Di-nucleotide SSRs are mostly abundant in sheep’s skin ESTs registered in GenBank. Some similar results were also reported in many animal’s researches, different from plants (Thiel et al., 2003; Yue et al., 2004; Yan et al., 2008). The duplication of AT/CG is the most affluence. A total of 22 primer pairs were designed from microsatellite, among which 18 pairs could show clear PCR products by electrophoresis and 5 microsatellite site are high polymorphism. They may be expected as the markers of wool trait locus, researchers look forward to contributing to the later relative research such as in genetic mapping and identification of Quantitative Trait Loci (QTLs).

EST is a part of functional gene. The better explanation can be made by its difference of appearance. So we will use 5 polymorphismy microsatellite site to find the difference between the shag sheep (duolang sheep, half-fuzz sheep (romney marsh sheep) and fuzz sheep (Chinese merino sheep) in latter research.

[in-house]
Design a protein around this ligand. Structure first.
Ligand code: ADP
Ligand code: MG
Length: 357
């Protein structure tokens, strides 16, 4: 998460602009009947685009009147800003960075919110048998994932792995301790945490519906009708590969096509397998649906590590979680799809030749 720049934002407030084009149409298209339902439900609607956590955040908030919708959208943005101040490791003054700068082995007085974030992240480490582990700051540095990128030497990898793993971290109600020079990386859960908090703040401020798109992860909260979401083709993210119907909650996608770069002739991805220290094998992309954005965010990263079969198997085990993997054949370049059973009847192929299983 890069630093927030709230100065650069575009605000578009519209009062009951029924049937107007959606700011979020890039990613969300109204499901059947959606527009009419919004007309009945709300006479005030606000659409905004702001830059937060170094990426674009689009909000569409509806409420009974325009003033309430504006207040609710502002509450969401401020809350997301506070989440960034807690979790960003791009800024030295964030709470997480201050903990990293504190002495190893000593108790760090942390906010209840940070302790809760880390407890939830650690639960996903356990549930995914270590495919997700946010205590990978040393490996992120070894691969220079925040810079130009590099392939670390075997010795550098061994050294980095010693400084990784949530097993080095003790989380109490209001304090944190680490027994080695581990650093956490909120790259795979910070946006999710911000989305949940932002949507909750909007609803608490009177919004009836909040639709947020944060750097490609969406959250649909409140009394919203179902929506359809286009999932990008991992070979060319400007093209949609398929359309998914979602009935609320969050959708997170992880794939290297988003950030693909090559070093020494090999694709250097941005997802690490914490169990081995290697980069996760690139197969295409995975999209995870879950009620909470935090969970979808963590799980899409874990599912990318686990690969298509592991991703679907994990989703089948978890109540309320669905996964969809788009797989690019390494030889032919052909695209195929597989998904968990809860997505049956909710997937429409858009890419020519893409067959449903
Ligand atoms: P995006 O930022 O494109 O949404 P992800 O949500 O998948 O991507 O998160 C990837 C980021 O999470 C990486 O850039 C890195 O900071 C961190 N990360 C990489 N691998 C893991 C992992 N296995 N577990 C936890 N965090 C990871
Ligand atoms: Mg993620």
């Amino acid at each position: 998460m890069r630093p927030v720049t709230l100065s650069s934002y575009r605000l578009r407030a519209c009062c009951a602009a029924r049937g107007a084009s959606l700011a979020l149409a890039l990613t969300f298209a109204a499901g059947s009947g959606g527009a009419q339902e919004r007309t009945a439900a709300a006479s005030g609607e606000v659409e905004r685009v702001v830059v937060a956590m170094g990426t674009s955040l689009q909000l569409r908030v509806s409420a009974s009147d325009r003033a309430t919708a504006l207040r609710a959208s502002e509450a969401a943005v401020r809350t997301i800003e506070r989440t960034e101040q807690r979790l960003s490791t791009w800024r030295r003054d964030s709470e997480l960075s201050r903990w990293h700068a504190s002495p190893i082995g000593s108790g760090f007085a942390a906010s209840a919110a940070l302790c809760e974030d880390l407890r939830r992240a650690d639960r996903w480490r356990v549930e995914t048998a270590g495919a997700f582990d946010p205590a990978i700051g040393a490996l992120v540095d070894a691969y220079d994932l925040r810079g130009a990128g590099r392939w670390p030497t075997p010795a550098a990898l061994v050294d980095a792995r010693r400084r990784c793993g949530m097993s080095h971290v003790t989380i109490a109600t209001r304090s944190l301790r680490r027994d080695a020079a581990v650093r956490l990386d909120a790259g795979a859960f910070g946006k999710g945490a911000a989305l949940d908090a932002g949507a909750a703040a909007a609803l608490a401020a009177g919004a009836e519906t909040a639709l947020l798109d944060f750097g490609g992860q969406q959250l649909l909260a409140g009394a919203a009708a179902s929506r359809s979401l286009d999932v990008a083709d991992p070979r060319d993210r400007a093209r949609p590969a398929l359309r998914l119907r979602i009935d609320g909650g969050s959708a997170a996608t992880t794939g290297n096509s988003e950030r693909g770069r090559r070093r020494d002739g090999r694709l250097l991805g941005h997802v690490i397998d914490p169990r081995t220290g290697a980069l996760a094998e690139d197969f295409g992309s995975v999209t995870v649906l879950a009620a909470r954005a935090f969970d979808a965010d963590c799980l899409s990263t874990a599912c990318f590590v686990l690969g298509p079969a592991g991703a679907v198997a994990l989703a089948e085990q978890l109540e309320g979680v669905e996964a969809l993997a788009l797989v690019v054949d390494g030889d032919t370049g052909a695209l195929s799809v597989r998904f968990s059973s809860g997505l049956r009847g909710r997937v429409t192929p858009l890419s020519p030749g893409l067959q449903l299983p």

CONCLUSION

The result showed that these EST-SSR markers can be used for further study such as in genetic mapping, identification of Quantitative Trait Loci (QTLs) and comparative genomics studies of sheep.

ACKNOWLEDGEMENTS

Great thanks to Mr. Zongsheng Zhao and Mr. Bin Jia, for their help and technical assistance. Research was supported by the International science and technology cooperation projects (Project No. DF2007DFB30420).